“I-70 is a key economic driver in the State of Colorado and a gateway to the recreation and tourism opportunities in Summit and Eagle Counties and mountain communities across the 2nd Congressional District,” said Congressman Joe Neguse. “However, we know too well that West Vail Pass is prone to closures due to weather events, as well as spin outs and crashes. Investments in safety and reliability in the I-70 corridor is essential to keep Coloradans safe and to continue to connect travelers east and west of the Continental Divide. I am grateful to see funding awarded to these projects, and look forward to continuing to advocate for Colorado’s highways and safety.”
CDOT applied for the grant in coordination with the Intermountain, Gunnison Valley, and Northwest Transportation Planning Regions (TPR), and the Grand Valley Metropolitan Planning Organization (MPO)/TPR. CDOT will provide a match to the INFRA grant of $79.7 million for a total cost of $140.4 million. Construction could begin as early as summer 2021.
Yielding: On The Floor, In The Garden, On The Road
By CSP Master Trooper Gary Cutler
The word “Yield” has many meanings throughout the English language. You can yield to the next speaker, or the land can yield food from the garden. But today I bring up yield as in the road sign.
Too often I find that drivers treat a yield sign as a free for all to go through intersections or turns onto other roads without even slowing. A yield sign allows a driver to reduce speed instead of having to come to a complete stop. Call a yield sign a small-time saver. But remember, it doesn’t mean you may not have to come to a complete stop if necessary to yield right of way to any traffic on the roadway you are going to cross or enter.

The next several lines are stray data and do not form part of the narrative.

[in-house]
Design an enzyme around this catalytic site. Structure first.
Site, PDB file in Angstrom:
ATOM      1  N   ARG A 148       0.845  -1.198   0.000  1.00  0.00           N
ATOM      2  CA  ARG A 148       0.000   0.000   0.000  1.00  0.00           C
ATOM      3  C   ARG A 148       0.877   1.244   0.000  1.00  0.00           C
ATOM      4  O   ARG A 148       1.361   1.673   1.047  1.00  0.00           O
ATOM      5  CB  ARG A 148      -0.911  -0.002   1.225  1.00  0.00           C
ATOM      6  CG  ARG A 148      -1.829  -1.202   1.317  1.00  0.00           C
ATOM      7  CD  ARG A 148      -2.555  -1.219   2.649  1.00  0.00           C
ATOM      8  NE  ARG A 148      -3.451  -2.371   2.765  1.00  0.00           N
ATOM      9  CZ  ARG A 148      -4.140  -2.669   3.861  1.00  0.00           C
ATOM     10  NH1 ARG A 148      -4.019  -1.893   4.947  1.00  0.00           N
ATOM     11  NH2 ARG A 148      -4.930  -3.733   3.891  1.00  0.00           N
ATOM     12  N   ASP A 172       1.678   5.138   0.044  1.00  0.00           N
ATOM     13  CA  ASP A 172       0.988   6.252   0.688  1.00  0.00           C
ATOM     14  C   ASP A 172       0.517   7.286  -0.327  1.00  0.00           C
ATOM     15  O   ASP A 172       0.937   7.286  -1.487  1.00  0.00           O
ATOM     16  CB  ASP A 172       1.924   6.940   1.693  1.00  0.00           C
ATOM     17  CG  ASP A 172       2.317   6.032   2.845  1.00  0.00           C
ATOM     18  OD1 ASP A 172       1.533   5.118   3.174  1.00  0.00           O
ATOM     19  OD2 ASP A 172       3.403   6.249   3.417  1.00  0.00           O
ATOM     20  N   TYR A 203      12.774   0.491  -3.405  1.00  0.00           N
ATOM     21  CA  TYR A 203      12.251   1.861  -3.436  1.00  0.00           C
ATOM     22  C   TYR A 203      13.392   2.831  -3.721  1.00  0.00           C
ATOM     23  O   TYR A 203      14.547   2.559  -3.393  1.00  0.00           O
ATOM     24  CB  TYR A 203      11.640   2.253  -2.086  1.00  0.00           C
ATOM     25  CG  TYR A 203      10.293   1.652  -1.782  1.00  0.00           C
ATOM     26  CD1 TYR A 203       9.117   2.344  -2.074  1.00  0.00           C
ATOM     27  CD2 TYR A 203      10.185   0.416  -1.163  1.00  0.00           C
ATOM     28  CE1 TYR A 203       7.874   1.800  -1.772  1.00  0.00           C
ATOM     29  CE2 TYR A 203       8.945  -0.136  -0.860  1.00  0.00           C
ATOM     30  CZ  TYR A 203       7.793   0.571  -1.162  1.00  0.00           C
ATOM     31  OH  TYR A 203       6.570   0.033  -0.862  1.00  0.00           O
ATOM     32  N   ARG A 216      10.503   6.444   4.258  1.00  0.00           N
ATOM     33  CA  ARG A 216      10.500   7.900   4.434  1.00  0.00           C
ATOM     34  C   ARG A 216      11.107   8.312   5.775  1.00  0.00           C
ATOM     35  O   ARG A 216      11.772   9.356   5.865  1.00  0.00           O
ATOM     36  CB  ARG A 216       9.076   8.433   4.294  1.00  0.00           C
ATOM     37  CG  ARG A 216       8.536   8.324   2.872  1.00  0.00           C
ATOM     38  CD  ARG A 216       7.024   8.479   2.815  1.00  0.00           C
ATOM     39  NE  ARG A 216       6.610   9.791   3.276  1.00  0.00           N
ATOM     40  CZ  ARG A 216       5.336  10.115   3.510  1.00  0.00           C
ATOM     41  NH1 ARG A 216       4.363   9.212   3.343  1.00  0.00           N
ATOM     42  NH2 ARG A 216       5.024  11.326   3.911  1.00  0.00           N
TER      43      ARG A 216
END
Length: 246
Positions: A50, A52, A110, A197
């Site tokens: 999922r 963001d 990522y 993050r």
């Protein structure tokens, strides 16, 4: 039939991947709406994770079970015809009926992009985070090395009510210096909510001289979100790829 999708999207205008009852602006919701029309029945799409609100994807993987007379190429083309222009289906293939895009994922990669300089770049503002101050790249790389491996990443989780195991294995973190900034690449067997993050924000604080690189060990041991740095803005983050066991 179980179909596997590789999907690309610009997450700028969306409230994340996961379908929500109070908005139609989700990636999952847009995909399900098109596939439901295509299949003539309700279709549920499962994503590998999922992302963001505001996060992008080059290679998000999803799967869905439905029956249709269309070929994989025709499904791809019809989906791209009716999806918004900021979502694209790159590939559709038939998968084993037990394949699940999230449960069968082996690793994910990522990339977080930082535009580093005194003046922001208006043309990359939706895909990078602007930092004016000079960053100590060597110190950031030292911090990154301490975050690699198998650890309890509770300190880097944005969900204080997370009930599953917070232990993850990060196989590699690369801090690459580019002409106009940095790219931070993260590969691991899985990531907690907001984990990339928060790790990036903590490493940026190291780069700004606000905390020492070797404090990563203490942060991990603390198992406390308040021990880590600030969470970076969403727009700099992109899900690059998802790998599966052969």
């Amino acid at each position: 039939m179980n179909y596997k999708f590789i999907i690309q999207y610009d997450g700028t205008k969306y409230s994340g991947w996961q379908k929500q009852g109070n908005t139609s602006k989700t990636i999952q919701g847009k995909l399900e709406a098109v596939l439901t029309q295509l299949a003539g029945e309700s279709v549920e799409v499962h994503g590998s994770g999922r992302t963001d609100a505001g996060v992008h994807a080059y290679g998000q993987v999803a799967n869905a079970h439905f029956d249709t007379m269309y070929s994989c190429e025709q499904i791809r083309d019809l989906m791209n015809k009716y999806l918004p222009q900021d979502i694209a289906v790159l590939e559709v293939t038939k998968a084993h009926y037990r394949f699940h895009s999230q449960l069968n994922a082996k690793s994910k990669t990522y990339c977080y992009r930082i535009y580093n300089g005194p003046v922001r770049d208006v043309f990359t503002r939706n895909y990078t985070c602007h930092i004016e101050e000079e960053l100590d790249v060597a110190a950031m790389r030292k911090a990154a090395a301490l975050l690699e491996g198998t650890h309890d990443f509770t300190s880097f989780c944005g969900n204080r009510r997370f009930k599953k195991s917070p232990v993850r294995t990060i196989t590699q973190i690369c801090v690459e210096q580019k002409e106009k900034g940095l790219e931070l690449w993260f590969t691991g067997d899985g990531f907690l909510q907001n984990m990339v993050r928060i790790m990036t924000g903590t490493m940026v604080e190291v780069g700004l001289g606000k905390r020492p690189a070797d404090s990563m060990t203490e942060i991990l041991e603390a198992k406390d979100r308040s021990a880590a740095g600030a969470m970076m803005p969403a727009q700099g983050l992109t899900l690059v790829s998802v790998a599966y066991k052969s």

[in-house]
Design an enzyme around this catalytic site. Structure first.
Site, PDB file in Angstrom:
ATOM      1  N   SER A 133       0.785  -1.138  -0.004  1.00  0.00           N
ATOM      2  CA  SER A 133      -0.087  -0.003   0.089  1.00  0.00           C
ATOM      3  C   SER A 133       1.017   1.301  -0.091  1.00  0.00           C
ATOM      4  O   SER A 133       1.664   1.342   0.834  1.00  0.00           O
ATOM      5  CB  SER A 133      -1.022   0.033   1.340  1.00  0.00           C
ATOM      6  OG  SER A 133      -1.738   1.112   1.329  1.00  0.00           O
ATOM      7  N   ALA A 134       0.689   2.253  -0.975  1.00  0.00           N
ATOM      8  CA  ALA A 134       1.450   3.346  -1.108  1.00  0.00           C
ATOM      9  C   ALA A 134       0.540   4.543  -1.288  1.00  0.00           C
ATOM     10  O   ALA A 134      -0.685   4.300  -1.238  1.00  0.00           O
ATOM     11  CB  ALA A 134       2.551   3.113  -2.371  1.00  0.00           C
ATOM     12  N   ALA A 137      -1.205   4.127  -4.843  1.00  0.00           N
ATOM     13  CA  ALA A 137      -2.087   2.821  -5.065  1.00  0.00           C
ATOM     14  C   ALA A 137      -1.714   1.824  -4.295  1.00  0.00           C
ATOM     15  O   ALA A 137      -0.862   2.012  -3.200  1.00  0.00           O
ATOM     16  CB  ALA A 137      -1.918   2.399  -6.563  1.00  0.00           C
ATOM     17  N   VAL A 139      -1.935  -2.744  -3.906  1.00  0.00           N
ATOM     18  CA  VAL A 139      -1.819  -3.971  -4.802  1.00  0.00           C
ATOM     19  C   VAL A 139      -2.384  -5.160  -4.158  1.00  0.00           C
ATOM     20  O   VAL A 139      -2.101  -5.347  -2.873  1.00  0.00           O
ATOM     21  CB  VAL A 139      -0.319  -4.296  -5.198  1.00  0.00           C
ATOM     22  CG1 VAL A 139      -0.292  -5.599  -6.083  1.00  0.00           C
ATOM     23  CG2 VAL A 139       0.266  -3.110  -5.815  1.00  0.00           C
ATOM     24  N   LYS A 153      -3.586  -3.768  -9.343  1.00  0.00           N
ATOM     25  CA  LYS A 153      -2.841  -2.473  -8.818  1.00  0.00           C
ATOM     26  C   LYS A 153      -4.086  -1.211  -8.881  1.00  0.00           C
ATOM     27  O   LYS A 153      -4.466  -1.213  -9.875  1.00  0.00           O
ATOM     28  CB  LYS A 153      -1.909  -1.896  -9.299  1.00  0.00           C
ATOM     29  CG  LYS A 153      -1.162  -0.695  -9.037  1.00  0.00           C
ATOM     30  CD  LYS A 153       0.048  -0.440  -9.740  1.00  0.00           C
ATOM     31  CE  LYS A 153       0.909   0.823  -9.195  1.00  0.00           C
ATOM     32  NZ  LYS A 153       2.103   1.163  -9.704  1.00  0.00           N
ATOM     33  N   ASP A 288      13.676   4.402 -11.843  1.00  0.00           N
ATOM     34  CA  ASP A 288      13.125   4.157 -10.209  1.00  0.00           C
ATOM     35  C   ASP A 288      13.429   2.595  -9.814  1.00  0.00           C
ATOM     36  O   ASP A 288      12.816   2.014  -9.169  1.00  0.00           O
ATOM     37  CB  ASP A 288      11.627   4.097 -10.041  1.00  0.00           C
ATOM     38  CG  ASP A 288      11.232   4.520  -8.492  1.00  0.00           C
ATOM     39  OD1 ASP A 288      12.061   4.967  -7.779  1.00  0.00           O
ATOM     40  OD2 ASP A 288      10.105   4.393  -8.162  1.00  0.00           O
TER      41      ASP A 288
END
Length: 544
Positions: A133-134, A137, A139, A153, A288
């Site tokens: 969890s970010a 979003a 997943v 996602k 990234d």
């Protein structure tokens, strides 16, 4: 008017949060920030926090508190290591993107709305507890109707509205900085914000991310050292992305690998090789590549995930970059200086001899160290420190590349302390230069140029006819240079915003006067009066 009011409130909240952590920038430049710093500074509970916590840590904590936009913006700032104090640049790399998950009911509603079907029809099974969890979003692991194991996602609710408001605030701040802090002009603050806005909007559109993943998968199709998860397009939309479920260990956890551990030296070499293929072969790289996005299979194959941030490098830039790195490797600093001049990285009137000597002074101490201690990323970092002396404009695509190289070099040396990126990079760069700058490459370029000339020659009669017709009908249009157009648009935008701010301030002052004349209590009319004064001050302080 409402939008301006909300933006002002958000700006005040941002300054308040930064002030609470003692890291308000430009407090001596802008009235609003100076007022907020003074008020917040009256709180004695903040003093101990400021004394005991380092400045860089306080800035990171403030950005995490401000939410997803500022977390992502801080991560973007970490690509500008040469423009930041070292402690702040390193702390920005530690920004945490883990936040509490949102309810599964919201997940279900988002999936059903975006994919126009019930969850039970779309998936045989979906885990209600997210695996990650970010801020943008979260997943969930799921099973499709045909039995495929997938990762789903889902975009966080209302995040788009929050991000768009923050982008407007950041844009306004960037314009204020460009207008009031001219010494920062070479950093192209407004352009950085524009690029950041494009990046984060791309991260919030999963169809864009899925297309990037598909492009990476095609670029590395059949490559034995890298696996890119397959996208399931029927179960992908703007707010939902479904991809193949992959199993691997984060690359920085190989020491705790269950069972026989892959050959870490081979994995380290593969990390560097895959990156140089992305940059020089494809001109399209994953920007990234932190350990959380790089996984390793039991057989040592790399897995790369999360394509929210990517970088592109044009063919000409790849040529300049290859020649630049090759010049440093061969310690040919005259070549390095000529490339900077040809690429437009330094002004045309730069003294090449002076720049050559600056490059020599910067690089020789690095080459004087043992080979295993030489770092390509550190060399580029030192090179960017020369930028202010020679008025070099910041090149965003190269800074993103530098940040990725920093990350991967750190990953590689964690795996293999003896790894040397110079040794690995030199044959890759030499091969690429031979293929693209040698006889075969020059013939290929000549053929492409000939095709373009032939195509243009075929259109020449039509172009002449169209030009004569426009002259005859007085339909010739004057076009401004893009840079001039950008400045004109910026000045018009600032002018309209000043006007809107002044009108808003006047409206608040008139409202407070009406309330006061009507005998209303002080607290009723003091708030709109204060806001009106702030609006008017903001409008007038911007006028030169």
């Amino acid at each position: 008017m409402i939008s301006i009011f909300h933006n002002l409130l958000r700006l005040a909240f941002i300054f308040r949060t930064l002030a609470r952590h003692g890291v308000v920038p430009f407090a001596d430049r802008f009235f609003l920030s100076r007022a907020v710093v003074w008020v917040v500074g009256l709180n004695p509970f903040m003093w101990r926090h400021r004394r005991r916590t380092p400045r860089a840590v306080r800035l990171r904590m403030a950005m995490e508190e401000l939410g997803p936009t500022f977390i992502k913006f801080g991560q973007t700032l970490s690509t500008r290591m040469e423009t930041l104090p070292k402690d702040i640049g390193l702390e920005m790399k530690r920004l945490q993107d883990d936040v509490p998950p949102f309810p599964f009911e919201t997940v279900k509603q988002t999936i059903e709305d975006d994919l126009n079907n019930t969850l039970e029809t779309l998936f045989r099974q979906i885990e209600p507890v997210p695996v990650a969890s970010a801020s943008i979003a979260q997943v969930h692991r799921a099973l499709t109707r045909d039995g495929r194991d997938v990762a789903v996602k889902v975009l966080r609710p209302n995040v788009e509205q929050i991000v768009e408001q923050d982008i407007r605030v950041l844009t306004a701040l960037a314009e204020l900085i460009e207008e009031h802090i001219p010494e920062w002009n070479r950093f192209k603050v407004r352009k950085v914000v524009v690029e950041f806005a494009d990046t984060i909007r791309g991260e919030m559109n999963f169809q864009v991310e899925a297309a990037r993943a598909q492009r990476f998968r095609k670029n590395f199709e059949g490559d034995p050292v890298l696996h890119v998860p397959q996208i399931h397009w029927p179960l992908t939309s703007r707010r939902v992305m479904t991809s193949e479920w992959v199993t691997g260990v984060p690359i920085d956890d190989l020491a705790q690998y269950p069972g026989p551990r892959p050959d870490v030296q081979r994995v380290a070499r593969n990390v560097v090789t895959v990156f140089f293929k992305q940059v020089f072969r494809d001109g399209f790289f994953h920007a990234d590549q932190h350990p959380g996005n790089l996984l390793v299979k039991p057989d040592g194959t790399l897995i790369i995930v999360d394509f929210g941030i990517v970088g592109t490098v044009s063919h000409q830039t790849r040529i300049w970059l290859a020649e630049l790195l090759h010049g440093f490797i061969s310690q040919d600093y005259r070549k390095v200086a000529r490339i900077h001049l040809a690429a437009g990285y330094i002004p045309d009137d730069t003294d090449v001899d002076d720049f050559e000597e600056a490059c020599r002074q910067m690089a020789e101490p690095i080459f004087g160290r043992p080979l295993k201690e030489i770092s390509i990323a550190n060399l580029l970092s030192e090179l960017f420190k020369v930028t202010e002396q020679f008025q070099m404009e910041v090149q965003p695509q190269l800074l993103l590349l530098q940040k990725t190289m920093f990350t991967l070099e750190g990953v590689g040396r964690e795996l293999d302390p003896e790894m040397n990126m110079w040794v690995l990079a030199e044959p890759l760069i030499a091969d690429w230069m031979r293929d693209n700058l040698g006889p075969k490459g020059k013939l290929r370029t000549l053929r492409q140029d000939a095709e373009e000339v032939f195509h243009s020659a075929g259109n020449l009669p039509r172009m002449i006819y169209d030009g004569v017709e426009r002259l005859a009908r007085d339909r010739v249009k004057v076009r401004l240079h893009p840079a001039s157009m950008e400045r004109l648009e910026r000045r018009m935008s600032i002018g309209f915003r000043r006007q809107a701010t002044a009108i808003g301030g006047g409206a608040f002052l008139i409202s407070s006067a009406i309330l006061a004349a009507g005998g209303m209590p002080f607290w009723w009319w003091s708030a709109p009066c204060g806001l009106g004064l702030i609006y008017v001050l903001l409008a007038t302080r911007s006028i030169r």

So, when approaching a yield sign it means slowing to a reasonable speed, which allows you the ability to ascertain what is happening in the area. Ask yourself, did you give yourself enough time to accurately see if traffic is coming? Are there any pedestrians using the crosswalks? Do you have an acceleration lane or does it go directly into the lane of travel?
In my opinion, a good speed for a yield sign is quite often what I see when someone rolls through a stop sign. So quick refresher there. Stop at a stop sign, and slow roll through the yield sign if it’s safe to do so.
Are you aware that when entering a roadway, that to do it safely and legally, you cannot alter the other vehicles’ pathway? This means causing them to slow from the speed they were going. Make sure you can get your vehicle up to the speed limit prior to another car coming up behind you as you enter that new road.
Now let’s talk about what to do when an intersection has flashing yellow lights. This is another area I’ve seen drivers never even slow their speed when going through the intersection. This is highly dangerous. You need to know if the lights have malfunctioned and are showing yellow in all directions or if the road crossing your path is flashing red. Either way, those flashing lights require a driver to slow to a reasonable and safe speed to be able to once again ascertain how safe it is to proceed through the intersection.
“I now yield the floor.”
As always, safe travels!
Leadville Today Contributor and Master Trooper Gary Cutler is a Public Information Officer for the Colorado State Patrol.
The Osprey Return to Turquoise Lake